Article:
Reports (English)

Economic Determinants of Populism

DIW (2023), Roundup no. 145 / 2023, Berlin. [Roundup]
The rise of populism challenges numerous Western democracies and their institutions. In this round-up, we examine economic and societal conditions that are driving forces behind populism. We focus on five domains that are closely interlinked with populist support: globalization, financial crises, migration, inequality, and social mobility. Each domain offers unique insights into how societal shifts, economic disruptions, and perceived injustices can fuel anti-establishment sentiments. As these factors collectively shape the political landscape, understanding their interplay becomes crucial in devising strategies to sustain and strengthen the stability of democracies and institutions.

Chinese Loans to African Countries Differ from Western Development Loans

DIW (2023), Weekly Report no. 26: 353 - 361, Berlin. [Report] [German version]
Over the past 20 years, China has granted a conspicuous amount of loans to African countries. New loan data show that compared to Western multilateral loans, Chinese loans have relatively high interest rates and shorter maturities, tend to be highly collateralized, and are volatile over time. Thus, Western loans are generally more likely to be in the economic interest of the borrowing country. Furthermore, Chinese loans are focused on resource-rich countries that undertake fewer anti-corruption efforts, so local policymakers have more opportunities to feather their own nest. Finally, unlike Western loans, Chinese loans are not tied to any economic policy conditions. It seems worth considering for Western lenders to reduce the number and intensity of loan conditions to respect the sovereignty of the borrowing countries.

(Interview in German, June 2023)

Working from Home Facilitates Stock Ownership

DIW (2023), Weekly Report no. 13: 151 - 157, Berlin. [Report] [German version]
In 2020, there were simultaneous increases in the number of private persons participating on the stock market as well as in the number of employees working from home. Indeed, working from home is a robust determinant of stock ownership and partially explains the increase in 2020, with households without children benefiting the most in this manner. Furthermore, the effect of working from home on stock ownership is largest for low-income earners. Thus, working more from home has complex distributional consequences: It tends to expand the stock owner base by, in a broader sense, decreasing the stock market participation cost. While economic policy should not mandate working from home for the sole purpose of increasing stock ownership, it can facilitate stock market participation in other ways, such as by improving financial education.

(Interview in German, March 2023)

How Shocks Affect Stock Market Participation

DIW (2022), Roundup no. 142 / 2022, Berlin. [Roundup]
While there is a broad consensus in the literature that stock ownership is associated with individual characteristics, such as wealth, income, risk preferences, and financial literacy, less is known about the dynamics of stock market participation (SMP). Major fluctuations in SMP are oftentimes related to political events, economic shocks, and technological disruptions. We discuss the literature that investigates some of these shocks, as well as personal life circumstances that determine SMP across various demographic groups. Consolidating the literature allows us to identify systematic drivers into and out of stock ownership, along with its distributional consequences. Major forces behind SMP fluctuations are changes in participation costs and benefits, risk exposure, economic policy uncertainty, income uncertainty, peer effects, and windfall gains.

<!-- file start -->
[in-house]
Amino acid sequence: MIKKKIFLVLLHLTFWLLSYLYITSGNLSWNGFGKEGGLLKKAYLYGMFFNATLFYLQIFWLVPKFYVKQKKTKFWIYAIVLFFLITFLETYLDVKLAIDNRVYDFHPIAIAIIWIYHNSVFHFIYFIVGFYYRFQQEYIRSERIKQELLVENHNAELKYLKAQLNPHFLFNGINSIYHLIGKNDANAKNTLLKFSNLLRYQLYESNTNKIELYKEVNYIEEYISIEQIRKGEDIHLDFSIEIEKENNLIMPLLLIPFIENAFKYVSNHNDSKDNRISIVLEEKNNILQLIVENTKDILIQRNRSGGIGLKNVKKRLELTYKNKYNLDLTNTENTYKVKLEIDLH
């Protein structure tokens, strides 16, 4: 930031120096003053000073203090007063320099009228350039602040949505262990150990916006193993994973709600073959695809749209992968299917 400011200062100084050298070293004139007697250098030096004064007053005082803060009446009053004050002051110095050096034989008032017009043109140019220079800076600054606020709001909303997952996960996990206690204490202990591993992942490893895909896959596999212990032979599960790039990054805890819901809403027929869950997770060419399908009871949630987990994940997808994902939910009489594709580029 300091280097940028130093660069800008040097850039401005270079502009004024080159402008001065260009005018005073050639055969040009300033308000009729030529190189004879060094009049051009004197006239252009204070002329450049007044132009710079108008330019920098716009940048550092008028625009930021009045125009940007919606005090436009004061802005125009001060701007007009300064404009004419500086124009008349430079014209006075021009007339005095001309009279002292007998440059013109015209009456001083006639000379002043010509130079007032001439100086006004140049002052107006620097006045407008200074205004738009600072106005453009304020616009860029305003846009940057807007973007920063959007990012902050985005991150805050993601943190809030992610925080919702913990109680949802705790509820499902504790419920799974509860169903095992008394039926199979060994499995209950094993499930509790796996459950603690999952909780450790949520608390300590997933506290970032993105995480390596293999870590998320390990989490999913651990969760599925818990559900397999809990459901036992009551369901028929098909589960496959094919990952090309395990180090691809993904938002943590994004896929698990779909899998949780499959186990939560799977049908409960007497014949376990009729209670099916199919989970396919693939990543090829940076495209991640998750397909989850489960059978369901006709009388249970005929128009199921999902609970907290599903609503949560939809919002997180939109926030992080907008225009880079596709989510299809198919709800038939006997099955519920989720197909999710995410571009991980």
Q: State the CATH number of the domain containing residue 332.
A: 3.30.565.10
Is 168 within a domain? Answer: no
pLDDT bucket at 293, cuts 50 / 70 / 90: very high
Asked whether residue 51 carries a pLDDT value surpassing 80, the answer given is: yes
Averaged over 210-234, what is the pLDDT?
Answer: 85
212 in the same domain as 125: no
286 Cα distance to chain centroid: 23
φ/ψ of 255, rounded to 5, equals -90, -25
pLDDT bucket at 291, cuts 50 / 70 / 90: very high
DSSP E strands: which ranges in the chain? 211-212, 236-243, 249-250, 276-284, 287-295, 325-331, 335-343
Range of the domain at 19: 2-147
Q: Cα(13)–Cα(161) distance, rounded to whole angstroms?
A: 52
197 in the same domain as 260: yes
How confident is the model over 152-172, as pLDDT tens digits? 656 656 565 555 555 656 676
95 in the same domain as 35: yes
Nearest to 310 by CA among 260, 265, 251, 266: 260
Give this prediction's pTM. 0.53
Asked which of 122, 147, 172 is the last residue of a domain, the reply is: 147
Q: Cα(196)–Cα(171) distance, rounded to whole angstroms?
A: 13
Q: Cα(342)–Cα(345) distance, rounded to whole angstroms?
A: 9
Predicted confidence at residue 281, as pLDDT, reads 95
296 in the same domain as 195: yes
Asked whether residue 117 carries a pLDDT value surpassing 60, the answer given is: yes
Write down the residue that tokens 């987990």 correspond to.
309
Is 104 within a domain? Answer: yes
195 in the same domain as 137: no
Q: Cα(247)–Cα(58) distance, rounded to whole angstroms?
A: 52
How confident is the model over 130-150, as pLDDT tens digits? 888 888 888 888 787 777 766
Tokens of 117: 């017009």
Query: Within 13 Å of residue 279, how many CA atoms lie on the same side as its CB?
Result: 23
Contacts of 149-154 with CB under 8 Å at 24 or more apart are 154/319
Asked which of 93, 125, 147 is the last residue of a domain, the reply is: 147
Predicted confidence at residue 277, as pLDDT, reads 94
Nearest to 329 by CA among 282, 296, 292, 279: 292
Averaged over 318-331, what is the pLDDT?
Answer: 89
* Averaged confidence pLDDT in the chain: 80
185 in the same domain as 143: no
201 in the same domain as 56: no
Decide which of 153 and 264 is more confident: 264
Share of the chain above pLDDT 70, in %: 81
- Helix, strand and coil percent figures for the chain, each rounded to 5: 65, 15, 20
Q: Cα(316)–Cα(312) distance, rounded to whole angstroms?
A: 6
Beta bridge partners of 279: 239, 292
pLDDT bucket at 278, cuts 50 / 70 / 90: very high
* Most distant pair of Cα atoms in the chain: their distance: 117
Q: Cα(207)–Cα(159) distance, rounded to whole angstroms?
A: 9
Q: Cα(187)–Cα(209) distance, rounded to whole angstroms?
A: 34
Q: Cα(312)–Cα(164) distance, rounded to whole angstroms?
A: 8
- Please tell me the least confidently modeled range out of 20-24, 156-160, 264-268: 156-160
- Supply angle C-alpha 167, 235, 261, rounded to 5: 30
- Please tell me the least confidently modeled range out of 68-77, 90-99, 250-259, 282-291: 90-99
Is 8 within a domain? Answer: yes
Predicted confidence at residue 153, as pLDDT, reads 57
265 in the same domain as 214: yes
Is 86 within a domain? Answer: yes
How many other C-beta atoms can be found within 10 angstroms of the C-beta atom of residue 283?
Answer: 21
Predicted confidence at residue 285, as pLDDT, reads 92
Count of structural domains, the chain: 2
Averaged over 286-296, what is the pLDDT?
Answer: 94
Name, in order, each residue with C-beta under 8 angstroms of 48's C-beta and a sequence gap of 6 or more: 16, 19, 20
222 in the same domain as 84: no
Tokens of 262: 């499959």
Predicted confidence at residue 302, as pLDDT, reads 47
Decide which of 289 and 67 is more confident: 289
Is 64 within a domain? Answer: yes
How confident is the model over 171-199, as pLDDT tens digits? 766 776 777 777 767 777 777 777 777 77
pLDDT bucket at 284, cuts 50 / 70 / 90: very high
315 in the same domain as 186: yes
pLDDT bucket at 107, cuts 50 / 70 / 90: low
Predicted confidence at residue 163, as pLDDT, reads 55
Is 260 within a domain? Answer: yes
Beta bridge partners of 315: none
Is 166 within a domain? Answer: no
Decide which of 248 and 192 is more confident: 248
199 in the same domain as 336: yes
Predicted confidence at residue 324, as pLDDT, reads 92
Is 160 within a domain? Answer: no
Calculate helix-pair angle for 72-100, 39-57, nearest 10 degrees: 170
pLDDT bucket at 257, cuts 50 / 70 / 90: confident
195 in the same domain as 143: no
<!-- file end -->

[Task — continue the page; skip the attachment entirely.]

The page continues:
Providing Quality Early Childhood Education and Care: Results from the Starting Strong Survey 2018

OECD (2019), TALIS Report, OECD Publishing, Paris. [Report]For most children, early childhood education and care (ECEC) provides the first experience of life in a group away from their families. This experience plays a crucial role in children’s learning, development and well-being. The benefits of high-quality ECEC are not restricted to children’s first years of life. However, little is known about this first experience. What do children learn and do in ECEC settings? With which staff do children interact at their centres? Do all children face the same opportunities to enrol in high-quality settings? What are the main spending priorities to raise the quality of ECEC? These are key questions for parents, staff and policy makers. The OECD Starting Strong Teaching and Learning International Survey (TALIS Starting Strong) is the first international survey that focuses on the ECEC workforce. It offers an opportunity to learn about the characteristics of the workforce, the practices they use with children, their beliefs about children’s development and their views on the profession and on the sector. This first volume of findings, Providing Quality Early Childhood Education and Care, examines multiple factors that can affect the quality of ECEC and thereby can influence children’s learning, development and well-being.

Reports (German only)

Populismus: Warum es Grund zur Hoffnung gibt (Kommentar)

DIW (2023), Wochenbericht Nr. 44: 622, Berlin. [Kommentar]
Dass Populismus global auf dem Vormarsch ist, scheinen die Wahlen in Argentinien und der Schweiz jüngst zu bestätigen. Doch es gibt auch andere Tendenzen, die Hoffnung machen: In Polen hat sich die Wählerschaft mehrheitlich gegen die rechtspopulistische Regierungspartei PiS ausgesprochen. Wie ist der weltweite Vormarsch des Populismus zu erklären? Vor allem die ökonomischen Ursachen sind mittlerweile gut erforscht. Kennt man erstmal die Ursachen, kann man sie in der Regel bekämpfen.

© Lorenz Meister